TIFF Spotlight: Buried
WHO? Ryan Reynolds. And only Ryan Reynolds.
WHAT? In this intriguingly designed thriller, Reynolds plays a truck driver who awakens in a coffin, and must figure out his escape with only a failing cell phone and a dwindling supply of oxygen at his disposal.
WELL? They loved it at Sundance, and Reynolds is box-office gold these days. He’s also at his most interesting when working with unusual material – ever see The Nines – and this one’s way outside the box, as it were.
There’s no Midday Giggles programme to offset Midnight Madness, so we’re going to have to make one up ourselves. First pick: Everything Must Go, starring Will Ferrell as a motivational speaker who’s fired from his job and returns home to find his wife has changed the locks and thrown all his possessions on the lawn. He decides to hold a yard sale and start over. This plot sounds pretty funny, but we’re hearing it’s actually Ferrell’s first serious role. Oh well, onwards to pick #2: It’s Kind of a Funny Story. Keir Gilchrist of United States of Tara stars as a depressed teen who gets a second chance at happiness in an adult psychiatric ward, where his fellow patients include Zach Galifianakis. Depression and psychiatric wards make it sound like kind of a not funny story. So let’s try #3: Easy A, about a straight-laced teen (Emma Stone) who pretends to lose her virginity so she can be more popular. Bingo! We hear this film is witty and smart in a Mean Girls sort of way. Sounds like a good matinee pick-me-up after seeing The Ward.
TIFF Spotlight: Easy A
WHO? Emma Stone – the husky-voiced scene-stealer of Superbad, The Rocker, The House Bunny and Zombieland – gets her first starring vehicle, backed up by Cam Gigandet, Amanda Bynes, Patricia Clarkson, Stanley Tucci, Lisa Kudrow, Thomas Haden Church and Malcolm McDowell.
WHAT? Stone’s character finds herself living out a high-school version of The Scarlet Letter when she claims to have had sex in order to move up the social ladder – and finds herself scorned by her fellow students.
WELL? The trailer positions it as the next Mean Girls, and trailers totally never lie.
THE SORTA TRUE
TIFF is usually biopic central, and this year is no exception. Besides Robin Wright playing the Abraham Lincoln hater in The Conspirator, the life stories we’ll get to witness include Jack Abramoff’s in “Casino Jack,” starring Kevin Spacey as the Washington lobbyist whose influence peddling led to his conviction for fraud, conspiracy and tax evasion. In “The Whistleblower,” Rachel Weisz tackles Kathryn Bolkovac, a Nebraska cop who went to Bosnia as a peacekeeper and blew the whistle on a sex trafficking cover-up. And in Julian Schnabel’s “Miral,” “Slumdog Millionaire” star Frieda Pinto plays a woman growing up in East Jerusalem whose story is connected to that of Hind Husseini (Hiam Abbass of “The Visitor"), a real-life figure who founded an orphanage after the 1948 partition of Israel and Palestine. If these three films sound too serious for you, “Slumdog Millionaire” director Danny Boyle is back with 127 Hours, starring James Franco as Aron Rolston, the mountain climber who got trapped under a rock in 2003 and had to cut off his own arm to escape. From the looks of the fast-paced, jovial trailer, most of the movie follows his adventures before he got trapped.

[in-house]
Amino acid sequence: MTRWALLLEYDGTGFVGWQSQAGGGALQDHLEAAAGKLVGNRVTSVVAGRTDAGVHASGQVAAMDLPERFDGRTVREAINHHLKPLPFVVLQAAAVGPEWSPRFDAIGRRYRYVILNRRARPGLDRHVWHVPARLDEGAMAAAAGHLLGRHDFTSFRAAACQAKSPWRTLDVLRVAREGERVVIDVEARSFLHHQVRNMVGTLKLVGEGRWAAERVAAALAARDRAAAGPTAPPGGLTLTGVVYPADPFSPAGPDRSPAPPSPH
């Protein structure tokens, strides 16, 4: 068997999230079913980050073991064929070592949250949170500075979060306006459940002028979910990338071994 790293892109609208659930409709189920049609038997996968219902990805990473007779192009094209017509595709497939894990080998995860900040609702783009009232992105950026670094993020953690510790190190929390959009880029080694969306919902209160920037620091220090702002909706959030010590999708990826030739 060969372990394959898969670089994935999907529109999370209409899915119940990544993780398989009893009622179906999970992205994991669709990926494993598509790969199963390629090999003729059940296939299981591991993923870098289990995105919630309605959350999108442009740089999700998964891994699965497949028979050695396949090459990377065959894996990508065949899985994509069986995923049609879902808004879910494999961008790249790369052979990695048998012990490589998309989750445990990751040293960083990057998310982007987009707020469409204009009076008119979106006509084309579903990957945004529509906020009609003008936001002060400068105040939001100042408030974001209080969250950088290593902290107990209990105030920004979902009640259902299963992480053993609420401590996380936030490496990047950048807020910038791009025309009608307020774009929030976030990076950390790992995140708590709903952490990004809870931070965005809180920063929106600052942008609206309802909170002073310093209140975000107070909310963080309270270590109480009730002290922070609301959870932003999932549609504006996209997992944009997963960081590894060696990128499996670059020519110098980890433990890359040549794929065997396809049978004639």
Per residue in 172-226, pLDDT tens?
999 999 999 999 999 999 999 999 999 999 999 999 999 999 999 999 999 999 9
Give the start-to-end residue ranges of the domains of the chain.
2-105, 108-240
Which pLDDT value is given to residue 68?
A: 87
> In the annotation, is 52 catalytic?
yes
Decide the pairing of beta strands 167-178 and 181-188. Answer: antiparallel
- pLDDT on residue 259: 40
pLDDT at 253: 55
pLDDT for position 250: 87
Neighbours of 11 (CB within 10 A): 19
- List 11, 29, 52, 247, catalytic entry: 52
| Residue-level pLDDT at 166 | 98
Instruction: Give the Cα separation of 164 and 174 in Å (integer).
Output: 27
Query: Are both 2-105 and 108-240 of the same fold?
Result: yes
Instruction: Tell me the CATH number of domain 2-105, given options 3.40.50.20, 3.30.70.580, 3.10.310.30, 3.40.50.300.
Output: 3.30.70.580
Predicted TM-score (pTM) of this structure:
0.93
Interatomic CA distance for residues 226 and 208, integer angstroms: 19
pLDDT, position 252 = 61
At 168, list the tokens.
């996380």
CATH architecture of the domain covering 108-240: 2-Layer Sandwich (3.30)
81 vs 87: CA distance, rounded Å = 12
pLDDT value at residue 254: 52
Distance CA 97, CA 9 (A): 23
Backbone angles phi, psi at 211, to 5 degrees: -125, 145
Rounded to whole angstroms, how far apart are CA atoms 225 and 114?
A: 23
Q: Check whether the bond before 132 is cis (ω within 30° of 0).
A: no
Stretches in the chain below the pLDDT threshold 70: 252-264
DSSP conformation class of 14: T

TIFF Spotlight: 127 Hours
WHO? James Franco, co-starring opposite a very big rock for director Danny Boyle.
WHAT? It’s the true story of mountaineer Aron Ralston, who spent five days trapped under a boulder after a climbing accident, ultimately sawing off his right hand to survive. So, you know, it’s an upbeat tale of the human spirit.
WELL? The triumph of “Slumdog Millionaire” gave Boyle some major Oscar juice – enough to green-light this amazing true-life survival story, a risky proposition given its grisly trajectory. The audience reaction when it premieres at the festival should help Fox Searchlight gauge its Oscar prospects; the studio didn’t put its full force behind “Slumdog” until it won the People’s Choice Award at TIFF 2008.
THE REALLY TRUE
Instead of seeing a dramatic recreation of a person’s life story with creative licenses taken at every turn, wouldn’t you sometimes rather just see that person telling his or her own story? If so, TIFF presents “Force of Nature: The David Suzuki Movie,” a documentary about Canada’s favourite environmentalist that promises to show a previously unseen side of him. Alex Gibney, director of “Enron: The Smartest Guys in the Room,” promises a fresh perspective on disgraced New York State Governor Eliot Spitzer in “Client 9: The Rise and Fall of Eliot Spitzer,” featuring interviews with the escort-lover himself as well as his favourite lady of the night. And Matt Damon narrates “Inside Job,” a documentary from “No End in Sight” director Charles Ferguson that promises to point the finger at those responsible for the current financial crisis. No word yet on whether those people have agreed to tell their own stories.